In case you haven’t heard about this (I hadn’t until a reader alerted me, so thanks to that person), here’s the short version.
The Stockdale family, mother, dad, four boys, moved to an old farm in Stark County, Ohio, to “get away from the city.” They raised chickens at first, but according to their website, transitioned to “grass-fed beef” (meaning “we want to charge you almost $2.50 for beef on the hoof that is really worth only about $1.00 so we’ll give it a fancy name and you’ll think you’re getting something special”) and “free-range pork” (don’t get me started).
The father and the boys also play bluegrass music. They’re actually quite good. The guy playing the violin above, whose name is Jacob, won the Ohio state Grand Champion Fiddle award. That’s not nothing.
They are very religious, of course, of the fundy Christian flavor and home school.
And where they got a little claim to fame was that several years ago, they participated in a TV program called Wife Swap.
I am here to tell you that reality TV is not what it seems. I’ve known two people who got suckered into doing it and both regret it. There is not a lot of reality in reality TV. It’s edited a lot and the participants are painted as other than they really are, so I haven’t bothered to try to find a whole lot of footage from that episode.
But what does happen on a program like Wife Swap is that the mother gets to write out a “family manual” for the other wife who is coming to take her place. And Kathy Stockdale did just that. So we have her description of her family in her own words. The Stockdale family thought this was accurate enough to put it on the website.
Before you go any further, go read it, or at least skim through it and get the gist of it. You’ll probably gag. I did. [Note: I edited the link because the Stockdale website or at least that page is down. This is a link to the Google cache.]
But, it’s just lovely.
Or it was lovely, up until yesterday.
The two older boys seem to have left home by now. One in college, I think, and another out and on his own. Two boys were left at home, James, the bass player, age 21, and Jacob, the fiddle champion, age 25.
And yesterday, Jacob decided he’d had enough. He’d apparently had enough of no TV and no internet, and no soft drinks, and no McDonald’s, and only grass-fed beef and kefir and cod-liver oil and a mother telling him when to get up and no girls ever.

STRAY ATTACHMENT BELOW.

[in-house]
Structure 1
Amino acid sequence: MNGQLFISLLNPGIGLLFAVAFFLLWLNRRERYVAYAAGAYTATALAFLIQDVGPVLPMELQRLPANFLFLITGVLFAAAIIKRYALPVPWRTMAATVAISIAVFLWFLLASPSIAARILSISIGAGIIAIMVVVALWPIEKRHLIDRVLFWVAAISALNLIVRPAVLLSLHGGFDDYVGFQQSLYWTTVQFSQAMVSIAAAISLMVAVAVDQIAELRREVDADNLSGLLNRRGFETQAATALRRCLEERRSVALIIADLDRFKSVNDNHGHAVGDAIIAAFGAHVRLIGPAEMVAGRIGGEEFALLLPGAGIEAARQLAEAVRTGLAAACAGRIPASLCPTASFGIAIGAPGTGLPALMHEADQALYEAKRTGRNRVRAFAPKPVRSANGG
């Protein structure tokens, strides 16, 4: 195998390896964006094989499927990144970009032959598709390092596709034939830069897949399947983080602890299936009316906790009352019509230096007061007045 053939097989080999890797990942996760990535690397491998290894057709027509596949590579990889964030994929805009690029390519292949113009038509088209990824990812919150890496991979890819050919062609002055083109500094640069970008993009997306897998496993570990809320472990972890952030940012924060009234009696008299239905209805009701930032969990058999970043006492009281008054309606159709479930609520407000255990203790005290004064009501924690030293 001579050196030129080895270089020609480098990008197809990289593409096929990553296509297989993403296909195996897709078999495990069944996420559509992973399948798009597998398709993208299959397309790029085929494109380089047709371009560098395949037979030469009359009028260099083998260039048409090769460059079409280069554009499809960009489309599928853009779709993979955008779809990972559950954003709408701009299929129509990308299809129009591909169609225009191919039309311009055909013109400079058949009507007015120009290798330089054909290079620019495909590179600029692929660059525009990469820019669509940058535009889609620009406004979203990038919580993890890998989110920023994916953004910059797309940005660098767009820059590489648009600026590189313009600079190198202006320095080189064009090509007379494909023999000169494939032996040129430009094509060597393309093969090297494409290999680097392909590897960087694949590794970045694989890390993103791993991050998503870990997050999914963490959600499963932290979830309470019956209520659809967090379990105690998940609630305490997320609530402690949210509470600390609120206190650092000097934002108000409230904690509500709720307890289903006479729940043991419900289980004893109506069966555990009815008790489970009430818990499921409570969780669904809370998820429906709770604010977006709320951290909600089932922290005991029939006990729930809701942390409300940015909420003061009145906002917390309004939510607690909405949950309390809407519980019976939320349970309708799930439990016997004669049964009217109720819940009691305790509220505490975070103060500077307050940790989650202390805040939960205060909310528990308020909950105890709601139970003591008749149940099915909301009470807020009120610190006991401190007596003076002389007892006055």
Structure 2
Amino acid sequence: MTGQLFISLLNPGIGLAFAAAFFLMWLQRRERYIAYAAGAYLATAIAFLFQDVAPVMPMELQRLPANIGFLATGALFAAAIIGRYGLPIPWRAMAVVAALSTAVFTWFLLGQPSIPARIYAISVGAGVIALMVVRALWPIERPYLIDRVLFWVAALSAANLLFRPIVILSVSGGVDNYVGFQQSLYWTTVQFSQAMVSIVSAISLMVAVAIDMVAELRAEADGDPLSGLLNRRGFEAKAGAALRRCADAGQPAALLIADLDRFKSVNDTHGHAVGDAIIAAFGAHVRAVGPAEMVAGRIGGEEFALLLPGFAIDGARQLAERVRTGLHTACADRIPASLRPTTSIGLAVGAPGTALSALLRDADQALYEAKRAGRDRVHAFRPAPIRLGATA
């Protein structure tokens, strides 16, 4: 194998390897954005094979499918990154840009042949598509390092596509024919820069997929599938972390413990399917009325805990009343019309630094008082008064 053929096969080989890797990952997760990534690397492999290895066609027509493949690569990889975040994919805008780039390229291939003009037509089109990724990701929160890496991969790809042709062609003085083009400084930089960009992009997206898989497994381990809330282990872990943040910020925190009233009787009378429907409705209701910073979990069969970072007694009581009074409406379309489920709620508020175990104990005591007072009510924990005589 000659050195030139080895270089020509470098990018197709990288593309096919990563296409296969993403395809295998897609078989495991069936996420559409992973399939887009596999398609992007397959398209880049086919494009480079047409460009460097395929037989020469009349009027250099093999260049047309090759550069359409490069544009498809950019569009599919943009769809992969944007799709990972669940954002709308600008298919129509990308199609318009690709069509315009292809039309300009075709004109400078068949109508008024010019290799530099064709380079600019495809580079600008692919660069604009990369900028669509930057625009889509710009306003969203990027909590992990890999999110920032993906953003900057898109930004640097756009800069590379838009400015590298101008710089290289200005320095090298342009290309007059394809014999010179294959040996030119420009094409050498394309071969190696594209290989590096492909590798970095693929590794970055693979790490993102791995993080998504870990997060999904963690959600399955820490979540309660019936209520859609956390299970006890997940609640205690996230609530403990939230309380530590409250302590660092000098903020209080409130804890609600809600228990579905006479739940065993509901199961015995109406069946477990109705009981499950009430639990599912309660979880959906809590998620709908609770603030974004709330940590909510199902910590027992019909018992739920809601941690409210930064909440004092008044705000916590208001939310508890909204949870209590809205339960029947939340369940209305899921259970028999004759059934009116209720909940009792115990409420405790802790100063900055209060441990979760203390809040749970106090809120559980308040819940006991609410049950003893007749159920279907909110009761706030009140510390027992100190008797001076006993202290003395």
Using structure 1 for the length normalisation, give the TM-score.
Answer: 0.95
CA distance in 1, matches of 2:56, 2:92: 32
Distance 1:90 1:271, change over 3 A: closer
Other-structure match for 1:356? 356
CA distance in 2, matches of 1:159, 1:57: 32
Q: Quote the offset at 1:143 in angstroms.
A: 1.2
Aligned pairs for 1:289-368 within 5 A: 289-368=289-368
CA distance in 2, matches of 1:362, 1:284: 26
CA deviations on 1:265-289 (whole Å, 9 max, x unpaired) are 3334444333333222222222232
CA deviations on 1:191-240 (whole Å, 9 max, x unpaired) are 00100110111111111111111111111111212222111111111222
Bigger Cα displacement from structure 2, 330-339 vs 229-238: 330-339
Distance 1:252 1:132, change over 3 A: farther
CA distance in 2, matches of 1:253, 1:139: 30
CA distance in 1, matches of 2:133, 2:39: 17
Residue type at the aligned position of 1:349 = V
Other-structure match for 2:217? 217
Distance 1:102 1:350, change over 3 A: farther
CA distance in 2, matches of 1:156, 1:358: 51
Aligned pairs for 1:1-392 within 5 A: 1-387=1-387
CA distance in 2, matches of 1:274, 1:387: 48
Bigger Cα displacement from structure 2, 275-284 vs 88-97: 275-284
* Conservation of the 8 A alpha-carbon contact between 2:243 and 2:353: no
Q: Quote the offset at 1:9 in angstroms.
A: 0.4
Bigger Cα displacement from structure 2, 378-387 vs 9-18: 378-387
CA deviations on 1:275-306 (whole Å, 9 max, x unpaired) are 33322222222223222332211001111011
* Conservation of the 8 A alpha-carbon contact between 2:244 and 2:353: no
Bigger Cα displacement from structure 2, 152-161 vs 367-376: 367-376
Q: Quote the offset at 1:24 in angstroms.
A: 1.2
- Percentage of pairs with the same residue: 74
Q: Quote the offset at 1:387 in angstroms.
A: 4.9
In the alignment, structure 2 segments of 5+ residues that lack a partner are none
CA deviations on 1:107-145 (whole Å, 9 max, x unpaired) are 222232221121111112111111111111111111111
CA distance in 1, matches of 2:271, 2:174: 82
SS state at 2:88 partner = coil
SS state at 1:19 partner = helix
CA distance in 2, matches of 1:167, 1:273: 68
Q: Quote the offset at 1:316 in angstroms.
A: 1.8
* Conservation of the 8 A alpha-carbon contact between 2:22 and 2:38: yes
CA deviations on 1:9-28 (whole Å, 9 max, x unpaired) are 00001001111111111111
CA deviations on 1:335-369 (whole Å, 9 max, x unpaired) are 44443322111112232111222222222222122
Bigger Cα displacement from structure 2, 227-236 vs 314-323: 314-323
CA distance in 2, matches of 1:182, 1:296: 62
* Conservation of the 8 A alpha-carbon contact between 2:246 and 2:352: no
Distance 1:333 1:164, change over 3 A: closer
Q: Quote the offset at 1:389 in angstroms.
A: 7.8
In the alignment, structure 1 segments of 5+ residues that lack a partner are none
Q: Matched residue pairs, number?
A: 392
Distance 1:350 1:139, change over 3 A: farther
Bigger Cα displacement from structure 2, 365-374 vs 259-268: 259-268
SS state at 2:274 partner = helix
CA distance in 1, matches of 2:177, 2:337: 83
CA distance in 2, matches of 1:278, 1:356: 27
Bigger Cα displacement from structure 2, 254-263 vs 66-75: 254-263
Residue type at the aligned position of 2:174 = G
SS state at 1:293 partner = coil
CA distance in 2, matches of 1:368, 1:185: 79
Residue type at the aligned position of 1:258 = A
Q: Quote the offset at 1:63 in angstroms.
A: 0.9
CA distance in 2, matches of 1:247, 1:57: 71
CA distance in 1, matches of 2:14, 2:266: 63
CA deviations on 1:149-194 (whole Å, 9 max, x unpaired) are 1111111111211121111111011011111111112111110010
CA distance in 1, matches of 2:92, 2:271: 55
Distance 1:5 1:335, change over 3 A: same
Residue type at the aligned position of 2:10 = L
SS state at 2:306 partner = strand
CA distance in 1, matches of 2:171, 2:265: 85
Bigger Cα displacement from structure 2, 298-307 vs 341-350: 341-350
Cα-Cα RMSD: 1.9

He took a gun and appears to have shot and killed both his mother and his younger brother. His father was apparently at work and thus escaped.
Jacob then shot himself, but didn’t die. He’s in critical condition, though.
Please notice how many times I used the word “apparently.” We really don’t know why Jacob murdered his mother and his brother and then tried to kill himself. He obviously is in no condition to talk about it.
But the internet, being the way it is, is very quick to pounce on “isolated home schoolers with religious overtones” and determine that was the problem.
It might well have been. It’s certainly possible.
It also might not have been that at all. It might have been paranoid schizophrenia that was untreated because cod-liver oil and free range pork doesn’t do a damn thing for it.
I think about (Alicia) Faith Pennington, the girl whose parents refused to let her have any identifying documentation and isolated her. They were very like the Stockdales. Same religious ideology, same basic lifestyle. And Faith had a terrible time breaking free.
So, what happened? Did Jacob Stockdale try to leave and find they wouldn’t let him, or that they made it so difficult that it was well-nigh impossible? If so, how did his two older brothers get away?
I have no idea.
Here’s a fascinating article about children who murder their parents.
Here are the basics:
The majority – the overwhelming majority- are white males who are adolescents (Jacob is 25) and who have been subjected to severe physical, sexual, or emotional/verbal abuse. They typically feel trapped and don’t see any other way out. Like Jacob, they sometimes combine suicide (or a suicide attempt) with murder. They tend to be isolated. There are more instances of this happening than you probably think.
Religion, home schooling, “homesteading,” none of these things seems to be a factor. Drugs and alcohol often are components, but I suspect were absent at the Stockdale farm.
So the terrible tragedy that is the Stockdale family does not tell us that being religious, or living on a farm, or home schooling, or “homesteading” will result in your child being so unhappy he tries to kill you.
What it does tell us that doing all of those things that Kathy Stockdale did so ardently, restricting all those terrible outside influences, does not stop anything.
Kathy Stockdale thought she was being the perfect mother. She thought she had the perfect family.
I stay at home so that I can shape the way they grow up and how they are influenced.
She raised her boys to some exact specifications that she had in her head. She home schooled the boys so that “they are not affected by outside influences and are able to grow up in a safe and wholesome environment.”
Throughout her whole little “family manual,” there’s a theme running that the outside world is evil and bad and safety is only found in the family setting.
She worked her entire adult life at this. It was her single obsession, apparently.
And it did nothing whatever to save her.